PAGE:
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Was Your Layoff Legal?

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It every employee's nightmare to be told that he/she has been laid off, and the laid-off employees always feel that they were wronged. I am yet to meet a laid-off employee who says I understand why my company laid me off and they are right to have done so given the circumstances. But, not every layoff is wrong. Knowing how to distinguish between an unfair layoff and an illegal one can help you decide on whether you want to sue your company for it or not.

was your layoff legal?
While most companies offer "at will" jobs, meaning that both the employee and the employer have equal rights to terminate the job without a cause, they still need to follow the state and federal employment laws, especially those related to discrimination, layoff notices, and whistleblowing.

Of these laws, there are five main federal laws that were formulated to protect laid-off employees, and the different states have their own employment laws as well to protect employees against illegal layoff. Hence, to ensure that there was nothing illegal about your layoff, check with an attorney before you decide to go take your employer to court.



Here's a quick look at the five laws you need to refer to first in order to check whether your layoff was legal or not and that there was no discrimination involved:

Title VII of the Civil Rights Act of 1964: This law prohibits employers from making employment decisions on the basis of national origin, pregnancy, race, religion, and sex (not sexual orientation).

Title I and Title V of the Americans with Disability Act of 1990: This law prohibits companies from making decisions on the basis of the disabilities that an employee/a prospective employee may have.

The Age Discrimination in Employment Act of 1967: this law was formulated in 1967 in order to protect the rights of employees who are 40 years or older in age.

The Older Workers Benefit Protection Act: An extension of the above law, this law protects workers in the age group of 40 or more from a group layoff. Further, this law provides the laid-off employees with additional time to consider the severance waiver offered by the employee. The workers also get a week after signing the waiver to change their mind about it.

The Worker Adjustment and Retraining Notification Act: This law is applicable to large employers and covers the guidelines on notifying workers of large layoffs and subsequent plant closures beforehand.

Do note that these laws protect you if there was not even one valid reason for why you were let go. That is, if your employer can prove even on one count that you were not good at your job, the discrimination changes wont stick and you would have wasted your time and money on court proceedings. Therefore, before you even consider suing your employer, sit down and calmly make a list of all the possible reasons that your employer may have to fire you. If the only things that you could come up with were that you are an African American woman and that a white male counterpart of yours who is as good as you still has his job and you don't, you have a strong case against your employer.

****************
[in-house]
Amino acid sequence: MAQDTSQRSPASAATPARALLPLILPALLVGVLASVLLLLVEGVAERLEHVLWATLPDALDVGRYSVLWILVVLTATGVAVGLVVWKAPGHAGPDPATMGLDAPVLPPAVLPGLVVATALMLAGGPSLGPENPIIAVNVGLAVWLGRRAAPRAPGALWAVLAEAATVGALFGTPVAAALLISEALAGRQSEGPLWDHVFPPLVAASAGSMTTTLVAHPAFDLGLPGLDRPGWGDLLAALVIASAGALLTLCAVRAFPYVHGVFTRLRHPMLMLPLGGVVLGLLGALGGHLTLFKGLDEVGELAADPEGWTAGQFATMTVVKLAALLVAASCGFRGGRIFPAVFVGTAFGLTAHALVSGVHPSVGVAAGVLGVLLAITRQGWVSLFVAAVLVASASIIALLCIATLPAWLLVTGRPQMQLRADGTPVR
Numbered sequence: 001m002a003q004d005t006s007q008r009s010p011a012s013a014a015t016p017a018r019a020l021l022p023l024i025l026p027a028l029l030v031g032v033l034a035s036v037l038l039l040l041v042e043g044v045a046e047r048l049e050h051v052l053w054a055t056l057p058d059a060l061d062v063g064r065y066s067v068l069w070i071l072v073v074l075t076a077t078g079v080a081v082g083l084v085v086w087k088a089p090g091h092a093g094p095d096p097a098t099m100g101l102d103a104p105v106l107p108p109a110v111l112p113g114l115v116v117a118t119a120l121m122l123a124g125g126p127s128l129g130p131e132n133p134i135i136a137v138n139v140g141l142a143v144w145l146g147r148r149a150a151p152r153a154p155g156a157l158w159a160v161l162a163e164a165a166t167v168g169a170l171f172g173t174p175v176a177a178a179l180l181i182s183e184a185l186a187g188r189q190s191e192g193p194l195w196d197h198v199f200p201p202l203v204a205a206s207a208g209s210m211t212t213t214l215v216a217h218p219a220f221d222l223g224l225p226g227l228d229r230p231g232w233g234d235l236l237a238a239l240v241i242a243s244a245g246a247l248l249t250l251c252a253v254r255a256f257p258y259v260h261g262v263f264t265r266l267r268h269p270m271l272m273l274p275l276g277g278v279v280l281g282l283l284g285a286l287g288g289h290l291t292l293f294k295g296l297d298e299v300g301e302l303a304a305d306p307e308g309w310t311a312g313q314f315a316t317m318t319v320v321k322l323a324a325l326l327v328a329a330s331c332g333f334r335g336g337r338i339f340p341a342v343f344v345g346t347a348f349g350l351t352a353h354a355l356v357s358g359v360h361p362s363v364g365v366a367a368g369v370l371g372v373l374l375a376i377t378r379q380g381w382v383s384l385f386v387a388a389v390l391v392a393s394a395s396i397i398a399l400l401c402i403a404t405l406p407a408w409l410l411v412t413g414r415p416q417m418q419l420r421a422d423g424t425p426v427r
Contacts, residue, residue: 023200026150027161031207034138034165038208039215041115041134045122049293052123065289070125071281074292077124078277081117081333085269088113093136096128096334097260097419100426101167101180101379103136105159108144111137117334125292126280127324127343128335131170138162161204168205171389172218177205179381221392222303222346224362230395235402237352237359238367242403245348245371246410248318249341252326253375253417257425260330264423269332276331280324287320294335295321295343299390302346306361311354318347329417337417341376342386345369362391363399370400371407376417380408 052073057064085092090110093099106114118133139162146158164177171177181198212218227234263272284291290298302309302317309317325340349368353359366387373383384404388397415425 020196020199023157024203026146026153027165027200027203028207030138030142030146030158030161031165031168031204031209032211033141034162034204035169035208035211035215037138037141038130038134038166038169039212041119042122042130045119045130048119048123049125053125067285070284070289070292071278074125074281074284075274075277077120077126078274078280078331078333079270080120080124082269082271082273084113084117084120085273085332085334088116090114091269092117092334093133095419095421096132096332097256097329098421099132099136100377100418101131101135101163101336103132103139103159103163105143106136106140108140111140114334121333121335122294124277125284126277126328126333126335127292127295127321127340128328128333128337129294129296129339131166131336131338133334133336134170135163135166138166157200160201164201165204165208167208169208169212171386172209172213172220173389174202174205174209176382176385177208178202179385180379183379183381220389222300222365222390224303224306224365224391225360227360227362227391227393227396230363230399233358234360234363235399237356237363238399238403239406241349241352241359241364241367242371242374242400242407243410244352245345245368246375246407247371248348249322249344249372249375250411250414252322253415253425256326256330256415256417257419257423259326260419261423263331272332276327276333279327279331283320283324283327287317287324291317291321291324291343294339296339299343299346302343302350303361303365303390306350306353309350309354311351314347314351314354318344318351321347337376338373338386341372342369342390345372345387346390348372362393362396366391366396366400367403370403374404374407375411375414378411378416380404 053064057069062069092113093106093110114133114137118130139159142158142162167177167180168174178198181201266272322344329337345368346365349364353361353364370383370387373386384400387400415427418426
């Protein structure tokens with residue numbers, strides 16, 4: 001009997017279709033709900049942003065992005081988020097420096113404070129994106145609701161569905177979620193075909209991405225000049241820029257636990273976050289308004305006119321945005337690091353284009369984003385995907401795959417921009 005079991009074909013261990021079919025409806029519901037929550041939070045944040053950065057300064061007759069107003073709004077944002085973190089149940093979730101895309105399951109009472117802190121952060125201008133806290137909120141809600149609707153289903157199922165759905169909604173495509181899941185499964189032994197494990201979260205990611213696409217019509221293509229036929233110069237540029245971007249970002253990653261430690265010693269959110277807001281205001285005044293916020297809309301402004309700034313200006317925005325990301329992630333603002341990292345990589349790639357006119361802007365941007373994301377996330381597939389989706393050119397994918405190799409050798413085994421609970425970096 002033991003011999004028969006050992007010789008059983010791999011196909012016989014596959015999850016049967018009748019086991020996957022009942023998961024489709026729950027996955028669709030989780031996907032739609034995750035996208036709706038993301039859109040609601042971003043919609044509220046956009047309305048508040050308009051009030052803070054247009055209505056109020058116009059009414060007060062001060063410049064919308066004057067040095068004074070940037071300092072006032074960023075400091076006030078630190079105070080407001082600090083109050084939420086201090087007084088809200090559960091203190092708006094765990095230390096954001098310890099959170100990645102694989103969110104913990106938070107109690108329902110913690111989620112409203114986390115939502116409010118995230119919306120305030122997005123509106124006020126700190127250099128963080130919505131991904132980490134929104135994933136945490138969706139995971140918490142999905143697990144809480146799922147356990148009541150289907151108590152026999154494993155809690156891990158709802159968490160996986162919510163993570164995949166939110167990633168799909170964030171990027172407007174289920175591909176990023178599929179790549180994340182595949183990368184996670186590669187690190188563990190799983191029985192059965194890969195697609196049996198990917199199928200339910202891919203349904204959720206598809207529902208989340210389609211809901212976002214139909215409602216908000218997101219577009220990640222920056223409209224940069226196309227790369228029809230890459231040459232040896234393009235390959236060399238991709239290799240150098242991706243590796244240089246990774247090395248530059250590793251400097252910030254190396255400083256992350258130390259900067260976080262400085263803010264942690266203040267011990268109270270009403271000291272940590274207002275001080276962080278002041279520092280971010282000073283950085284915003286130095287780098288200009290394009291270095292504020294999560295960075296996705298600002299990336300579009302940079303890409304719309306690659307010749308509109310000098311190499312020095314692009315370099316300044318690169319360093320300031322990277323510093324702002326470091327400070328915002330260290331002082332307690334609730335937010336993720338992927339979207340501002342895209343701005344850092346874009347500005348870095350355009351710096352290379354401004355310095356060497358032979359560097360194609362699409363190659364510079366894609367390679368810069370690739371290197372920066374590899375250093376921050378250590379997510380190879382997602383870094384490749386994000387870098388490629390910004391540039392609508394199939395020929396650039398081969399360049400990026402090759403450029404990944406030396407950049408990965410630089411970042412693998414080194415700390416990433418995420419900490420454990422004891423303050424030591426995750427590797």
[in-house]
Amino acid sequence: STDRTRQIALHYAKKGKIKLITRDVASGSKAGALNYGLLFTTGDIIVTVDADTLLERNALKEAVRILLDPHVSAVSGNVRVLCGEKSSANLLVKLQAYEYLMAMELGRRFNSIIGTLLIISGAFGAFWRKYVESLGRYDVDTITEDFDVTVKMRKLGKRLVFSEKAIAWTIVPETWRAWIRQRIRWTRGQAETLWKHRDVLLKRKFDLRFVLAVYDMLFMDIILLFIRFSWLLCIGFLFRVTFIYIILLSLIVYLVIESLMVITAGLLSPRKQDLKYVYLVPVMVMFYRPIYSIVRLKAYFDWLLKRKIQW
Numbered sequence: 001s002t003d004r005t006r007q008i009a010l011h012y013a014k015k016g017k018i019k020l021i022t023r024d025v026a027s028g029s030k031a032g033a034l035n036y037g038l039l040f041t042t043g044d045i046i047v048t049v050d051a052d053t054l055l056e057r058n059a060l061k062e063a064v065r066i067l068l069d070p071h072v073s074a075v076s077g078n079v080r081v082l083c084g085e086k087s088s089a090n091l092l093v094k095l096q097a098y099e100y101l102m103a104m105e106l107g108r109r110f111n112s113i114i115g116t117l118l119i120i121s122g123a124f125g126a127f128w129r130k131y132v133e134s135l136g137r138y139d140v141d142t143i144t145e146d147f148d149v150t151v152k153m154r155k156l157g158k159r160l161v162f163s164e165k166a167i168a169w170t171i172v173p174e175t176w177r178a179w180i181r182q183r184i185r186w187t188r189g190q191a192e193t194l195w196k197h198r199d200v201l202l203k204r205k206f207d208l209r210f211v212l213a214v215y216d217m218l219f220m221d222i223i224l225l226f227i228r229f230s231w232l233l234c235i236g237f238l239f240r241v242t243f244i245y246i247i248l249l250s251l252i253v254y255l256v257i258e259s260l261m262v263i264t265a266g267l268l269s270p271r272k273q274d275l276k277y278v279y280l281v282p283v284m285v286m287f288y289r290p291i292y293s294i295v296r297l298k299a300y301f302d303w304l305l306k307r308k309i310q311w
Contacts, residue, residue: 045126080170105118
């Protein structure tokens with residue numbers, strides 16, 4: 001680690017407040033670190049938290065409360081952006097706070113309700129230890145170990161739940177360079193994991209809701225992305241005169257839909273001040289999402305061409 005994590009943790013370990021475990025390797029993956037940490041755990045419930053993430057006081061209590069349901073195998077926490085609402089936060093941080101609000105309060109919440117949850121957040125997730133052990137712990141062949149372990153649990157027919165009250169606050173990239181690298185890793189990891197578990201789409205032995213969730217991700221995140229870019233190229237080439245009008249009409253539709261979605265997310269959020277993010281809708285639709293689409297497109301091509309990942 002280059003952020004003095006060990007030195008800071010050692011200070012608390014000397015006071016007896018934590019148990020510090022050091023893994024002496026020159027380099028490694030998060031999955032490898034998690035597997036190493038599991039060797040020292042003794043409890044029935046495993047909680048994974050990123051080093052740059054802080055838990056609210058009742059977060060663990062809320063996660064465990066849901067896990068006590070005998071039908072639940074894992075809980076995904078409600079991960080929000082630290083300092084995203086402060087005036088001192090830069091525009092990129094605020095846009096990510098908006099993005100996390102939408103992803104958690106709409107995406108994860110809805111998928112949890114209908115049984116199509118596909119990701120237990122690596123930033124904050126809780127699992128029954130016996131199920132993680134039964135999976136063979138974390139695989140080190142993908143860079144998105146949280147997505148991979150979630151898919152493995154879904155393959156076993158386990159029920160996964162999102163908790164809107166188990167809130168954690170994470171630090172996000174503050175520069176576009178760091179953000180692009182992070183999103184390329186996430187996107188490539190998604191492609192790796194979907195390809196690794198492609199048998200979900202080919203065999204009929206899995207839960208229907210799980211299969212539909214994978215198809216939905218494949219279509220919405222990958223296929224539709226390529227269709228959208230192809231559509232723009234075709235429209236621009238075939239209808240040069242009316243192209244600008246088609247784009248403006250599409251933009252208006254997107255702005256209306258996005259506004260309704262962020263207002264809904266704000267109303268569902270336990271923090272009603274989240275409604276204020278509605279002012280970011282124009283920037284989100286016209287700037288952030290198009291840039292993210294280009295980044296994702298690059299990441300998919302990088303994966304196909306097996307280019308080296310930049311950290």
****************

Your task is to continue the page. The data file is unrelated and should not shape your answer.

If you are not able to figure this out on your own, contact an attorney or the nearest office of the Equal Opportunity Employment Commission (EEOC). An EEOC representative will hear your story out, talk to your employer, and present his findings. If his findings reveal that you are a victim of workplace discrimination, the EEOC will issue a right-to-sue letter that you can take to your lawyer and start the legal proceedings against your employer. However, do note that you have a right to go to court irrespective of the EEOC's findings. The right-to-sue letter from the EEOC will just add weight to your case.

Bear in mind that even if you were laid off illegally, it may be a difficult case to fight in court. Further, the legal proceedings would put a considerable dent in your budget. If the ruling of the case is in your favor, you could claim attorneys' fees, back pay, and damages, but this may take a while as these cases take an average of two to fours years to reach a resolution unless you have very strong evidence condemning your employer, and until then, you are on your own.

Further, be prepared that during the litigation, every aspect of your life can be put on public display. So, go ahead only if you are ready to discuss your work history, personal history, any prior criminal charges that you may have, your financial condition, your spouse's tax return, and so on, on the stand.

At the end of it all, although an attorney can check whether your layoff was legal or not and what your chances of winning a discrimination case against your employer would be, you have to go through the courtroom dram. Think carefully whether the returns would be worth putting yourself and your family through the litigation process and whether you have enough funds to support yourself through it.
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